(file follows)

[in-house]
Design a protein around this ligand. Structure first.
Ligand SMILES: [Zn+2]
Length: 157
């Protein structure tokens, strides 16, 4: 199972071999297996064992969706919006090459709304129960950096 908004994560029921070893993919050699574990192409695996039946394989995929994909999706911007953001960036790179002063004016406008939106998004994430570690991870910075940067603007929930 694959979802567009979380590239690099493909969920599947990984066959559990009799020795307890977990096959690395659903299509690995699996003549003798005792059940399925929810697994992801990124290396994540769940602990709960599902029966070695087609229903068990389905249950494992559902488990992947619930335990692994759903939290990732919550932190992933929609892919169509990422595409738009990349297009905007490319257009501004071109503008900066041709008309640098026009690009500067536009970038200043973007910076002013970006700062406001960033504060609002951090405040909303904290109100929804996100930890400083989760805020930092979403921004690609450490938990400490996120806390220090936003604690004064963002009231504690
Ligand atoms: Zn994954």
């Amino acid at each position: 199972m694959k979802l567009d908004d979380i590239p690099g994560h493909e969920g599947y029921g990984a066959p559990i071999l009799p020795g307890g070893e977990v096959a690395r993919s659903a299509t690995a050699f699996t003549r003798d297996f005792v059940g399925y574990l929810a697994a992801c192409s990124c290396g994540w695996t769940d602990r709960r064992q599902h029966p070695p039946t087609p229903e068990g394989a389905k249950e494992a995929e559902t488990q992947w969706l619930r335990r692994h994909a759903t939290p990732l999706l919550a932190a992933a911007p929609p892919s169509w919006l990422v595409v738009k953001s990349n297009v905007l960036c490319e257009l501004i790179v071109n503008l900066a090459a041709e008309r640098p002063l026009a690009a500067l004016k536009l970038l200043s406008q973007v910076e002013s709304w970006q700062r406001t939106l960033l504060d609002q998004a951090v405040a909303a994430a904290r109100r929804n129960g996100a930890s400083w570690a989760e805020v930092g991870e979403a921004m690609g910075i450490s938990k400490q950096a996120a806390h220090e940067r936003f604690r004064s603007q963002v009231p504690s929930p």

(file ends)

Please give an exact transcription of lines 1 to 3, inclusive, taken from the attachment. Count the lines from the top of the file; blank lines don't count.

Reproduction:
[in-house]
Design a protein around this ligand. Structure first.
Ligand SMILES: [Zn+2]